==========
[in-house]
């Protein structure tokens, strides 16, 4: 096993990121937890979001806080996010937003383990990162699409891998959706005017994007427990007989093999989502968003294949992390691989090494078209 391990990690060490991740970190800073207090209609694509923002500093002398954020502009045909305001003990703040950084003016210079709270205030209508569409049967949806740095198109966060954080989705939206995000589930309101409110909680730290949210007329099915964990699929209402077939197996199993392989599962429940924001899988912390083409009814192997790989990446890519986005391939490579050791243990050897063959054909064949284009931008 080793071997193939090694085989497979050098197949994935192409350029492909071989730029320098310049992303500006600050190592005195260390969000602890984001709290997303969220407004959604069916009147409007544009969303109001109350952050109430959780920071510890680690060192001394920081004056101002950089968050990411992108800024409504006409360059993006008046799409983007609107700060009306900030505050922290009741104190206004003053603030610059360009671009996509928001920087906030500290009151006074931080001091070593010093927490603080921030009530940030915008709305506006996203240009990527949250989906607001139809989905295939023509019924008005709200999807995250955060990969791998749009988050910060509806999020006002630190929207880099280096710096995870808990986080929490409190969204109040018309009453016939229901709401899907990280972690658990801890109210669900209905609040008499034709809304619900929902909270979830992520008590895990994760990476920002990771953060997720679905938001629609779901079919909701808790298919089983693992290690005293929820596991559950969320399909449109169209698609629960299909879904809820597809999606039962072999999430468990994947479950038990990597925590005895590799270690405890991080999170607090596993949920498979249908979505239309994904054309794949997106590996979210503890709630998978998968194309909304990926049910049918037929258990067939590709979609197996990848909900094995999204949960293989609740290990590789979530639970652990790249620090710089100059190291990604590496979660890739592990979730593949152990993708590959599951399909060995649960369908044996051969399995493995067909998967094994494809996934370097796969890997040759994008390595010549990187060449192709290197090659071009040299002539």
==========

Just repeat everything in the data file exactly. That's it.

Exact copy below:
[in-house]
């Protein structure tokens, strides 16, 4: 096993990121937890979001806080996010937003383990990162699409891998959706005017994007427990007989093999989502968003294949992390691989090494078209 391990990690060490991740970190800073207090209609694509923002500093002398954020502009045909305001003990703040950084003016210079709270205030209508569409049967949806740095198109966060954080989705939206995000589930309101409110909680730290949210007329099915964990699929209402077939197996199993392989599962429940924001899988912390083409009814192997790989990446890519986005391939490579050791243990050897063959054909064949284009931008 080793071997193939090694085989497979050098197949994935192409350029492909071989730029320098310049992303500006600050190592005195260390969000602890984001709290997303969220407004959604069916009147409007544009969303109001109350952050109430959780920071510890680690060192001394920081004056101002950089968050990411992108800024409504006409360059993006008046799409983007609107700060009306900030505050922290009741104190206004003053603030610059360009671009996509928001920087906030500290009151006074931080001091070593010093927490603080921030009530940030915008709305506006996203240009990527949250989906607001139809989905295939023509019924008005709200999807995250955060990969791998749009988050910060509806999020006002630190929207880099280096710096995870808990986080929490409190969204109040018309009453016939229901709401899907990280972690658990801890109210669900209905609040008499034709809304619900929902909270979830992520008590895990994760990476920002990771953060997720679905938001629609779901079919909701808790298919089983693992290690005293929820596991559950969320399909449109169209698609629960299909879904809820597809999606039962072999999430468990994947479950038990990597925590005895590799270690405890991080999170607090596993949920498979249908979505239309994904054309794949997106590996979210503890709630998978998968194309909304990926049910049918037929258990067939590709979609197996990848909900094995999204949960293989609740290990590789979530639970652990790249620090710089100059190291990604590496979660890739592990979730593949152990993708590959599951399909060995649960369908044996051969399995493995067909998967094994494809996934370097796969890997040759994008390595010549990187060449192709290197090659071009040299002539």